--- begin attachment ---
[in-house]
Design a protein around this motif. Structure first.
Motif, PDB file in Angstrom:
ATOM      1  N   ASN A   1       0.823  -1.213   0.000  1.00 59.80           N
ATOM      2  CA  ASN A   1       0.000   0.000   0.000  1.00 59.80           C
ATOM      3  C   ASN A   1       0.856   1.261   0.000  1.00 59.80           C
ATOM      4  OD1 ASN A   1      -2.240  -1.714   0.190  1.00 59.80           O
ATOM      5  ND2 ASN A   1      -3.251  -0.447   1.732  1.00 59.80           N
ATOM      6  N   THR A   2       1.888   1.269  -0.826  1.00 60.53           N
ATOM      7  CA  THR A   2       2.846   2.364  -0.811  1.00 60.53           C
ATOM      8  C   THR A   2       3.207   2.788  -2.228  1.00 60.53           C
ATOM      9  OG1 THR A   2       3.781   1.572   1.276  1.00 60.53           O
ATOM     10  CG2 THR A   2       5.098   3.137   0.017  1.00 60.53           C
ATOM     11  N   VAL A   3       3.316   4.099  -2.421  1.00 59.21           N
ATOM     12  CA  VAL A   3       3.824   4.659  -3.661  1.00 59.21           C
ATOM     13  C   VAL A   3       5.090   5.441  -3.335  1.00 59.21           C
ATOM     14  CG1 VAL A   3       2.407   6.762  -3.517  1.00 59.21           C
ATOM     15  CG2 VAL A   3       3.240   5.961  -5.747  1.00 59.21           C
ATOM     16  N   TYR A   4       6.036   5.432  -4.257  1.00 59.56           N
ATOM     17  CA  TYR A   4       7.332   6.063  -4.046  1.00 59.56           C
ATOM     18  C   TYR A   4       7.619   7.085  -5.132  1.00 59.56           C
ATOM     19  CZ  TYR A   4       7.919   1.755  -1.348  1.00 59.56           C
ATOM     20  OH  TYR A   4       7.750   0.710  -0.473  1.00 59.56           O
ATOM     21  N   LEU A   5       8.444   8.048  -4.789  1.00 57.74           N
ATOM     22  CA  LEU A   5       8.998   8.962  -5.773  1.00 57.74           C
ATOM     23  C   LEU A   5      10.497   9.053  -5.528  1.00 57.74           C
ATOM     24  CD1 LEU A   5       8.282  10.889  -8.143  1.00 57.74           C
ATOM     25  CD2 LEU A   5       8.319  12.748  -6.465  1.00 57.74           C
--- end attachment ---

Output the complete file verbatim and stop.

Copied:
[in-house]
Design a protein around this motif. Structure first.
Motif, PDB file in Angstrom:
ATOM      1  N   ASN A   1       0.823  -1.213   0.000  1.00 59.80           N
ATOM      2  CA  ASN A   1       0.000   0.000   0.000  1.00 59.80           C
ATOM      3  C   ASN A   1       0.856   1.261   0.000  1.00 59.80           C
ATOM      4  OD1 ASN A   1      -2.240  -1.714   0.190  1.00 59.80           O
ATOM      5  ND2 ASN A   1      -3.251  -0.447   1.732  1.00 59.80           N
ATOM      6  N   THR A   2       1.888   1.269  -0.826  1.00 60.53           N
ATOM      7  CA  THR A   2       2.846   2.364  -0.811  1.00 60.53           C
ATOM      8  C   THR A   2       3.207   2.788  -2.228  1.00 60.53           C
ATOM      9  OG1 THR A   2       3.781   1.572   1.276  1.00 60.53           O
ATOM     10  CG2 THR A   2       5.098   3.137   0.017  1.00 60.53           C
ATOM     11  N   VAL A   3       3.316   4.099  -2.421  1.00 59.21           N
ATOM     12  CA  VAL A   3       3.824   4.659  -3.661  1.00 59.21           C
ATOM     13  C   VAL A   3       5.090   5.441  -3.335  1.00 59.21           C
ATOM     14  CG1 VAL A   3       2.407   6.762  -3.517  1.00 59.21           C
ATOM     15  CG2 VAL A   3       3.240   5.961  -5.747  1.00 59.21           C
ATOM     16  N   TYR A   4       6.036   5.432  -4.257  1.00 59.56           N
ATOM     17  CA  TYR A   4       7.332   6.063  -4.046  1.00 59.56           C
ATOM     18  C   TYR A   4       7.619   7.085  -5.132  1.00 59.56           C
ATOM     19  CZ  TYR A   4       7.919   1.755  -1.348  1.00 59.56           C
ATOM     20  OH  TYR A   4       7.750   0.710  -0.473  1.00 59.56           O
ATOM     21  N   LEU A   5       8.444   8.048  -4.789  1.00 57.74           N
ATOM     22  CA  LEU A   5       8.998   8.962  -5.773  1.00 57.74           C
ATOM     23  C   LEU A   5      10.497   9.053  -5.528  1.00 57.74           C
ATOM     24  CD1 LEU A   5       8.282  10.889  -8.143  1.00 57.74           C
ATOM     25  CD2 LEU A   5       8.319  12.748  -6.465  1.00 57.74           C